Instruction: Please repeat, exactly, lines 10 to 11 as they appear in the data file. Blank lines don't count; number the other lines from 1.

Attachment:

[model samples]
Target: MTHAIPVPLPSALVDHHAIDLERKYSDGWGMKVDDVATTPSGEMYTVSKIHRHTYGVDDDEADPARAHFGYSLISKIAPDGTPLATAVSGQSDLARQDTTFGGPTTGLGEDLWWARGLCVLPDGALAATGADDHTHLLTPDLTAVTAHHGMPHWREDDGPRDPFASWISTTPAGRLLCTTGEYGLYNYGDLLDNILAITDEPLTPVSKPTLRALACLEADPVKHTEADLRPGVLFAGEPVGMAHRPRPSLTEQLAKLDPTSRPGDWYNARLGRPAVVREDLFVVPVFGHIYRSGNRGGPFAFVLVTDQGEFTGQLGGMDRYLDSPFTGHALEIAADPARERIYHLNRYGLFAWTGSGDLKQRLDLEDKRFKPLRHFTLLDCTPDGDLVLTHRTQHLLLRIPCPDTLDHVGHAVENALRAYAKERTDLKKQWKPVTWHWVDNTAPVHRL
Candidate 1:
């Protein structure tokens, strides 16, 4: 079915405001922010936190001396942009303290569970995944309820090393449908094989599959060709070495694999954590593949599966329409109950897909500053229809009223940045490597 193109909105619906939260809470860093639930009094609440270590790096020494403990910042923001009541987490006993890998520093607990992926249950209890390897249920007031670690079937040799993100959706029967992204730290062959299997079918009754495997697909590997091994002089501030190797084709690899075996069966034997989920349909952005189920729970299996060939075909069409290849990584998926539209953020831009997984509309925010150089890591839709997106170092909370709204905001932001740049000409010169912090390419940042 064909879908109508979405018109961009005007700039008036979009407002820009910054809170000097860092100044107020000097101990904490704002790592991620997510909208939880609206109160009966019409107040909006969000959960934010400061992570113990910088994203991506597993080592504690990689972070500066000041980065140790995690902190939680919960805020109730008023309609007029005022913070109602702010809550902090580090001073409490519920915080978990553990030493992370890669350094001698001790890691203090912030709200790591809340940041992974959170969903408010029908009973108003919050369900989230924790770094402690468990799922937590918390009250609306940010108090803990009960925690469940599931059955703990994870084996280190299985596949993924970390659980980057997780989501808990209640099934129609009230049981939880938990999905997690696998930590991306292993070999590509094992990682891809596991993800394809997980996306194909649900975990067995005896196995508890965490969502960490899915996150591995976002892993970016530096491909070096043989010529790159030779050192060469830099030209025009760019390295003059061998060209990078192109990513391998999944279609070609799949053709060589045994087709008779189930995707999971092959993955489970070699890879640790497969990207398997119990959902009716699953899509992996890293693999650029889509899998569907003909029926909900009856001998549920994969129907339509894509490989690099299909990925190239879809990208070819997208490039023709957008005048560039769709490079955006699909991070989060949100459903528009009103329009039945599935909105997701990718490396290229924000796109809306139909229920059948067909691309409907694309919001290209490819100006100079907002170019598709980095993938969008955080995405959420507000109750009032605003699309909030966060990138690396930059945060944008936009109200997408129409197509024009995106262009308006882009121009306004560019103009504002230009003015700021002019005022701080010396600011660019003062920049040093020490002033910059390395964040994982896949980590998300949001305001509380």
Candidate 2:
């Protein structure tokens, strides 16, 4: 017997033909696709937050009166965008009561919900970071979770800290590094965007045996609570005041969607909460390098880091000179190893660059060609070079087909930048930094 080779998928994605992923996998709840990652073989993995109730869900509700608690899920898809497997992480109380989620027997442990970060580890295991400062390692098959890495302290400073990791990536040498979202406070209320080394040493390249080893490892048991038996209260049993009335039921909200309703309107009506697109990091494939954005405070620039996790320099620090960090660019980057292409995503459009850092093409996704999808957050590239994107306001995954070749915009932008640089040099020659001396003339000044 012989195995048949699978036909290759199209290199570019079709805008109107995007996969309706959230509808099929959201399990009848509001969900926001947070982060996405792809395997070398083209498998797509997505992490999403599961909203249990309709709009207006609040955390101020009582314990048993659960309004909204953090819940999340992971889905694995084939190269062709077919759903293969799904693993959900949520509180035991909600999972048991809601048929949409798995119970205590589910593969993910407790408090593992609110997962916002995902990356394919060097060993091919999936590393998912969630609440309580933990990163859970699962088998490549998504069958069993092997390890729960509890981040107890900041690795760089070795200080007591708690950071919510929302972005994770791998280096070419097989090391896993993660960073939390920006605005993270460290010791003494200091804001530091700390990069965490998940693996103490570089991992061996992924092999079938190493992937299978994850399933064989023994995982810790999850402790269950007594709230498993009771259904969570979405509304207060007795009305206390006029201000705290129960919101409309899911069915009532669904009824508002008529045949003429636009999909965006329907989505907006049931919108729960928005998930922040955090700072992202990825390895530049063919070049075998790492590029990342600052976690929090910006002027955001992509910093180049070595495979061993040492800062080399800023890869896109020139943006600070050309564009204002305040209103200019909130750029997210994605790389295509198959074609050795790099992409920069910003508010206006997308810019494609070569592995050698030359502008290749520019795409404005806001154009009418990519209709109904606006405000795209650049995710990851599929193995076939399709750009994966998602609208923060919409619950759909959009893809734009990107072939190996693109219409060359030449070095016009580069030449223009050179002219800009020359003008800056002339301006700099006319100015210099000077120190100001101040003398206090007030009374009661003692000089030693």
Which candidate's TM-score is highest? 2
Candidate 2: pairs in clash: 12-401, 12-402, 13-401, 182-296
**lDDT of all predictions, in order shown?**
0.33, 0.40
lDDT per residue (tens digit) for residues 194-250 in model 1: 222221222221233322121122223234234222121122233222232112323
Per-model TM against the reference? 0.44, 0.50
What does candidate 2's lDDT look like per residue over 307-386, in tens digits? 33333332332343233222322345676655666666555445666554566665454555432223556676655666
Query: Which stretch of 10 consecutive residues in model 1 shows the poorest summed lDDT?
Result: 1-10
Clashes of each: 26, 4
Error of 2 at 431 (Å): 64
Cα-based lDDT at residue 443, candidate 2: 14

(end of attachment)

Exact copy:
0.33, 0.40
lDDT per residue (tens digit) for residues 194-250 in model 1: 222221222221233322121122223234234222121122233222232112323